Getting beyond the surface of learning
The photo above shows some of Jack’s notes on his current project.
One goal of project-based learning is to stop skimming around on the surface of learning and dig deeper.
Make learning more complex, more layered, more sticky.
How do we get beyond the surface? By sticking with one idea longer.
Imagine a little stream flowing by, burbling, moving, dancing. How many gallons of water are zipping by you every day? This is your child’s natural learning output — a flow of questions, ideas, misconceptions, opinions, interests, declarations.
What we want to do is slow things down. At that little stream, a beaver drops a few trees, slaps on a load of mud and twigs. Swiftly moving water becomes a pond. The water is suddenly slow, still, and deep.
It’s the same water. But now we have time to see what’s there.
We want to get beyond the surface of learning — skimming from one topic to the next, learning a little bit about many different things. We want to stop moving on to skim another topic and, instead, stick with the same topic longer.
We can do this by keeping track of all that learning output in a project journal, then gently redirecting back to unanswered questions, unexplored ideas, unfinished plans.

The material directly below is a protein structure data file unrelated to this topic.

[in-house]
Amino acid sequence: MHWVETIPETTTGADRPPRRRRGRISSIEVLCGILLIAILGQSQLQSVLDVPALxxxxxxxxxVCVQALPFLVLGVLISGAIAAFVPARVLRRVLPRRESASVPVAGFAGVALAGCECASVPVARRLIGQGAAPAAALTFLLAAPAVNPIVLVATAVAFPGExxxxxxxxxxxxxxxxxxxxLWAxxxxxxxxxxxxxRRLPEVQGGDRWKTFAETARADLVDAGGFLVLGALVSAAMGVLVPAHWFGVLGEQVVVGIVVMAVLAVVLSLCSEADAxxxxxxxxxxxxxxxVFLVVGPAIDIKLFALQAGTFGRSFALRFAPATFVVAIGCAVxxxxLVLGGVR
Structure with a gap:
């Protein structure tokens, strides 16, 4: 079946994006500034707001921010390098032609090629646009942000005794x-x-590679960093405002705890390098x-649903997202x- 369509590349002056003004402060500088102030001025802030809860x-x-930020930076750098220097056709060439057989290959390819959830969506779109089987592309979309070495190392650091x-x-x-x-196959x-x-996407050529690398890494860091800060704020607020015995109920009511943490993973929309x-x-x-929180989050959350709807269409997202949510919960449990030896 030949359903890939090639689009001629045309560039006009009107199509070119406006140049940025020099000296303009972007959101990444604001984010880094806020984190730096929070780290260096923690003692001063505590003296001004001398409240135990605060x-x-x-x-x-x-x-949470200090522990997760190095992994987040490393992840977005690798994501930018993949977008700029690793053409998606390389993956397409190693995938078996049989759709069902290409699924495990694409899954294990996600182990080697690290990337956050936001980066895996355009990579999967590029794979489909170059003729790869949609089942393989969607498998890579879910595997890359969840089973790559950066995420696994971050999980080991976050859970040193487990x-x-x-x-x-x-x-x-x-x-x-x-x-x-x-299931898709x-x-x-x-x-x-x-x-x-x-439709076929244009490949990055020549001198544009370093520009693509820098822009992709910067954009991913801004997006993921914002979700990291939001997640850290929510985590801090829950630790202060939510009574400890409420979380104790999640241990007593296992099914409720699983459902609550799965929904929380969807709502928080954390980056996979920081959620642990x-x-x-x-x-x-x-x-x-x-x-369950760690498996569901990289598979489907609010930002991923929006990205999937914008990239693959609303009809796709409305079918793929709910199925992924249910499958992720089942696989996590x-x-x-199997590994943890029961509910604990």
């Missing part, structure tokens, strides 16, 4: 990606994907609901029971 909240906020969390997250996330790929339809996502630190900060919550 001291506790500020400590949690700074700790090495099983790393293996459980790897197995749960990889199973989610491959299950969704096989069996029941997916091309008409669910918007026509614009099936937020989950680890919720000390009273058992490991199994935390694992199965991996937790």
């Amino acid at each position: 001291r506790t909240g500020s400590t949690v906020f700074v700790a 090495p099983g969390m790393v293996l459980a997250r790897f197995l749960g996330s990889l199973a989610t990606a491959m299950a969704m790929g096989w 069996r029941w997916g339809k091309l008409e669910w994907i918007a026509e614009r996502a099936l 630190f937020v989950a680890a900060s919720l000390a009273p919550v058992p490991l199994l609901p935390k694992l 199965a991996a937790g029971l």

We can do this by making an environment that reflects children’s ideas, questions, thoughts, and plans — hanging photographs and sketches and posters, displaying constructions, pulling resources together.
We can encourage our children to keep their own notes, journals, blogs … and make time to review them together.
Every effort we make to slow down makes more opportunity to exercise higher-level thinking.
[L]earning science — an interdisciplinary field that includes cognitive science, educational psychology, information science, and neuroscience — suggests that the best learning occurs when basic skills are taught in combination with complex thinking skills. Decades of research reveals that there is, in fact, no reason to separate the acquisition of learning core content and basic skills like reading and computation from more advanced analytical and thinking skills, even in the earliest grades. — Elena Silva, “Measuring Skills for the 21st Century”